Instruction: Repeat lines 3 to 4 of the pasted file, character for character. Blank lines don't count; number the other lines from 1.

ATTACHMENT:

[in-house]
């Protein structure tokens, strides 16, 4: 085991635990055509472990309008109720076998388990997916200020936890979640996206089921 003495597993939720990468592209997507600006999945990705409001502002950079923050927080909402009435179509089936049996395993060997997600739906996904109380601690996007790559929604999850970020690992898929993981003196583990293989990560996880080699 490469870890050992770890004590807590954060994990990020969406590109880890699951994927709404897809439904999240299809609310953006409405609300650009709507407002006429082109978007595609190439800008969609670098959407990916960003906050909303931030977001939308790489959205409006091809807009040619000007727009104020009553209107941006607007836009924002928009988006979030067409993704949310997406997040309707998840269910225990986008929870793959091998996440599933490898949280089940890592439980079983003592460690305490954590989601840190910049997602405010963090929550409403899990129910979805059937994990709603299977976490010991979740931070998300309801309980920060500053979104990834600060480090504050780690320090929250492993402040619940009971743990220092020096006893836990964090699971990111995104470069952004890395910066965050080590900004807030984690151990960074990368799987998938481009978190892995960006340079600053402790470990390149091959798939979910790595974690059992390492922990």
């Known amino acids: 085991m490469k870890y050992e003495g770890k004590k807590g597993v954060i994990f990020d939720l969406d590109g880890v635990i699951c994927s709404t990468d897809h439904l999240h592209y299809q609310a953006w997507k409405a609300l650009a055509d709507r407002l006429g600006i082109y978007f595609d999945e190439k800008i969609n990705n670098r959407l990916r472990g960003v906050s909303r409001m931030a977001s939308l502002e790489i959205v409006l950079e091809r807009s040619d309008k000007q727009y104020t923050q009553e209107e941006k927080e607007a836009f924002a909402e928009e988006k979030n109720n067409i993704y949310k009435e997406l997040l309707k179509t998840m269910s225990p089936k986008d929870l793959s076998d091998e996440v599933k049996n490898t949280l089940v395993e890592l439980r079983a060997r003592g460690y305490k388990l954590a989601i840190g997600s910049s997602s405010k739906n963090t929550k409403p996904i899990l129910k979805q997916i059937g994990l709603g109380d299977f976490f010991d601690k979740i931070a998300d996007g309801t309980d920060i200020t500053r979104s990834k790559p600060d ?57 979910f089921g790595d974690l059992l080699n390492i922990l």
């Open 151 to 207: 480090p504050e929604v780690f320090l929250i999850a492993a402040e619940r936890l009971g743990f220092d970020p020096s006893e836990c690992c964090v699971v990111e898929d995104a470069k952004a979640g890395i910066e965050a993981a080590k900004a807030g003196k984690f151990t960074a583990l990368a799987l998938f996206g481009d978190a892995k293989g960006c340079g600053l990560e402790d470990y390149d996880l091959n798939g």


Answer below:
């Known amino acids: 085991m490469k870890y050992e003495g770890k004590k807590g597993v954060i994990f990020d939720l969406d590109g880890v635990i699951c994927s709404t990468d897809h439904l999240h592209y299809q609310a953006w997507k409405a609300l650009a055509d709507r407002l006429g600006i082109y978007f595609d999945e190439k800008i969609n990705n670098r959407l990916r472990g960003v906050s909303r409001m931030a977001s939308l502002e790489i959205v409006l950079e091809r807009s040619d309008k000007q727009y104020t923050q009553e209107e941006k927080e607007a836009f924002a909402e928009e988006k979030n109720n067409i993704y949310k009435e997406l997040l309707k179509t998840m269910s225990p089936k986008d929870l793959s076998d091998e996440v599933k049996n490898t949280l089940v395993e890592l439980r079983a060997r003592g460690y305490k388990l954590a989601i840190g997600s910049s997602s405010k739906n963090t929550k409403p996904i899990l129910k979805q997916i059937g994990l709603g109380d299977f976490f010991d601690k979740i931070a998300d996007g309801t309980d920060i200020t500053r979104s990834k790559p600060d ?57 979910f089921g790595d974690l059992l080699n390492i922990l």
């Open 151 to 207: 480090p504050e929604v780690f320090l929250i999850a492993a402040e619940r936890l009971g743990f220092d970020p020096s006893e836990c690992c964090v699971v990111e898929d995104a470069k952004a979640g890395i910066e965050a993981a080590k900004a807030g003196k984690f151990t960074a583990l990368a799987l998938f996206g481009d978190a892995k293989g960006c340079g600053l990560e402790d470990y390149d996880l091959n798939g």